At the moment, far too many true crime documentaries function as little more than an episode of “Dateline.” They report information but lack analysis or even thoughtful ideas about how to use the medium of film to tell a story at once shocking and infuriating. Such is the case with “Our Father” on Netflix, about a fertility doctor who secretly used his own sample to artificially inseminate more than 90 patients.
For years, Dr. Donald Cline was one of the better-known fertility specialists in his Indianapolis community. His patients were led to believe they were being inseminated either with sperm from donors or their own husbands. But Cline had other plans, which he did not disclose to his patients: He used his own sperm. One of his subsequent offspring is named Jacoba Ballard, who was the first to realize something was amiss when she submitted her DNA to 23andMe.
Cline’s deception began to unravel as Ballard found she was related to more and more siblings — an alarming number and the majority of whom live within a 25-mile radius of one another: “I walk around and I could be related to anyone,” she says. A group of the siblings eventually confronted Cline in person and he admitted to what he had done, framing it as a good deed rather than a colossal violation of his patients’ consent. According to the siblings, he has been uninterested or unwilling to acknowledge what a destabilizing event this has been for each of them individually. Some of them speculate that he may have passed along autoimmune disorders. The ripple effects of what he did are substantial, for these siblings as well as their parents, and they were met with a staggering lack of concern or outrage from anyone in an official capacity.
“It’s a sick individual who puts himself in a position to do that,” says one of the siblings. The logistics are even worse; at the time Cline was practicing medicine, sperm samples weren’t frozen but needed to be “live” and inseminated no more than an hour or so after ejaculation. That meant that Cline would go into his office, perform a sex act into a cup, zip his pants back up and moments later walk a dozen or so steps into an exam room, where he then injected his sperm into unwitting patients. “I was raped and didn’t even know it,” is how one of the mothers puts it. The film includes actor recreations, which is a dubious decision, but there is one scene that begins “Our Father” that is especially misjudged, all but portraying the doctor’s preappointment office activities. You don’t need to see the back of an actor’s head bobbing vigorously to be disgusted by what Cline did.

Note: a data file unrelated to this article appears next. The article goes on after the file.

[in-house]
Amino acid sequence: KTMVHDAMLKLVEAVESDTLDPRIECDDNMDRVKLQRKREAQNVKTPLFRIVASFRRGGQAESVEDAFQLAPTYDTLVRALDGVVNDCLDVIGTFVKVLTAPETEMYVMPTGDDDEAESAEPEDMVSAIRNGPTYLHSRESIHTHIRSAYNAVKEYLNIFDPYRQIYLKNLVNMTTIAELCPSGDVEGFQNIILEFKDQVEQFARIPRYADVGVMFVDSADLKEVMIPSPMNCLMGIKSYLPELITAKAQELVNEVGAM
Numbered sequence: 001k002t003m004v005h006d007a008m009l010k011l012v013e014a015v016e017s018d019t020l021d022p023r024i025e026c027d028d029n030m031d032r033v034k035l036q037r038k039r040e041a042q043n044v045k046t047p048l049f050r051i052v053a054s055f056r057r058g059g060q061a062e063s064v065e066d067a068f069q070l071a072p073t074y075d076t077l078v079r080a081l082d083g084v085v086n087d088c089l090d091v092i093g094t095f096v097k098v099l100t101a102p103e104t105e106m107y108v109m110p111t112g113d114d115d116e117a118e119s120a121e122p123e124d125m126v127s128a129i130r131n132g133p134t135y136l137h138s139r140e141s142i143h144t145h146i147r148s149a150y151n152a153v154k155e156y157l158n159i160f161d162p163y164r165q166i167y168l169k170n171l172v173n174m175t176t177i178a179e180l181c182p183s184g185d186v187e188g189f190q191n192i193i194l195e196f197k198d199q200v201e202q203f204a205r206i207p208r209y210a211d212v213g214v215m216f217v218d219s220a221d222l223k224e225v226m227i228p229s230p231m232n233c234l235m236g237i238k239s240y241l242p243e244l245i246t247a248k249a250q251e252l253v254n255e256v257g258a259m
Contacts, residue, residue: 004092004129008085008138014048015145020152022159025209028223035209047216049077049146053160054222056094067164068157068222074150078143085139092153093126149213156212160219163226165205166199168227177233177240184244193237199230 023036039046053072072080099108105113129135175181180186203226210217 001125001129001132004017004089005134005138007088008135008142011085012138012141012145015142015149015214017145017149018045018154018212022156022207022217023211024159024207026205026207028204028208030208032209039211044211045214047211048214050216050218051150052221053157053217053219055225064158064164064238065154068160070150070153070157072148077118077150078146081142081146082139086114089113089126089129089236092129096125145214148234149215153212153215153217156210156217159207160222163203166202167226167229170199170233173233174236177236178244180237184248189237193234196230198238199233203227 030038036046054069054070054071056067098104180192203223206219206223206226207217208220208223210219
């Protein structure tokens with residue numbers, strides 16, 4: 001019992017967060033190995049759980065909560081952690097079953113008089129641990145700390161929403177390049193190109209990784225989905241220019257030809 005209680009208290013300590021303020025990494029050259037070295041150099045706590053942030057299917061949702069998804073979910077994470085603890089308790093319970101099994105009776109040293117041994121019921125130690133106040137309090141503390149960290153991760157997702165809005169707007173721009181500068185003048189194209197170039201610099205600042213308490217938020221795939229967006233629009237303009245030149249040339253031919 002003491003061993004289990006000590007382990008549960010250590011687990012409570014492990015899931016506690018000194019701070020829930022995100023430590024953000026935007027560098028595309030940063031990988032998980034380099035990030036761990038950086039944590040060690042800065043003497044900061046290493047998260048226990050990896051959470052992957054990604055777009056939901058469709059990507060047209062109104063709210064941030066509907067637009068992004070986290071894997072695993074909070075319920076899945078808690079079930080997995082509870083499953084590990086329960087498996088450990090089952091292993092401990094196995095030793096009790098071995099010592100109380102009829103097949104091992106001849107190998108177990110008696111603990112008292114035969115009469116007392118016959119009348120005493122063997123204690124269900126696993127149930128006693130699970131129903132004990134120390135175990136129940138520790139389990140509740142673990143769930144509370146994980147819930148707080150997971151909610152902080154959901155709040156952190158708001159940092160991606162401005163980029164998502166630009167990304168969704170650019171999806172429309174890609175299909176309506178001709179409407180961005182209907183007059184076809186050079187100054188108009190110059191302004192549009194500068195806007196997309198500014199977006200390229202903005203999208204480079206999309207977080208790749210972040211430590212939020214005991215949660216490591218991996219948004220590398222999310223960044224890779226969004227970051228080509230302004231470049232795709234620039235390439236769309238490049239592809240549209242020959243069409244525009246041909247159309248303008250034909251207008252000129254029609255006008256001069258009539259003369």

It was Ballard who took the lead in attempting to get someone to hold Cline criminally liable for using his own sperm. Finally, a TV reporter named Angela Ganote decided to investigate. (Yet one more reason we should care about the future of local journalism in the face of crushing corporate consolidations.)
Even so, the prosecutor interviewed in “Our Father” said his hands were tied because, in his opinion, these were not cases of rape or battery. “There’s no crime that focuses on this particular act,” he says. If you’ve watched enough “Law & Order,” you might remember a 1995 episode called “Seed” that centered on a similar crime, but this is where reality and Hollywood diverge; while the fictional prosecutors brainstormed a way to bring charges, that did not happen here.
Director Lucie Jourdan never digs into why fraud charges were never on the table, either. Cline did eventually face charges of obstruction of justice for lying to state investigators about fathering the siblings, but notably, he was not charged with any crime for using his own sperm. He pleaded guilty in 2017 and received no jail time.
Most of the siblings have blond hair and blue eyes and they ponder Cline’s motives. “It’s like we’re this perfect Aryan clan and it’s disgusting,” one says. Whatever his reasons (Cline is not interviewed in the film), he did not want the siblings to go public with their story. But Ballard was undaunted and she’s a tremendous presence throughout. Every time a new sibling pops up on 23andMe, she reaches out to have the hard conversation, explaining the unusual results.
From a filmmaking standpoint, “Our Father” is not especially contemplative about the lives of these families who have been so hurt by Cline. “Isn’t this terrible?” the documentary asks, while never digging much deeper. But it serves a specific purpose. It was important to let the siblings tell their story, said producer Michael Petrella in a recent interview. “They’ve been made to feel they didn’t matter. Their pain didn’t matter. Their voice didn’t matter.”
2 stars (out of 4)
Running time: 1:37
How to watch: Premiered Wednesday on Netflix
———©2022 Chicago Tribune. Visit chicagotribune.com. Distributed by Tribune Content Agency, LLC.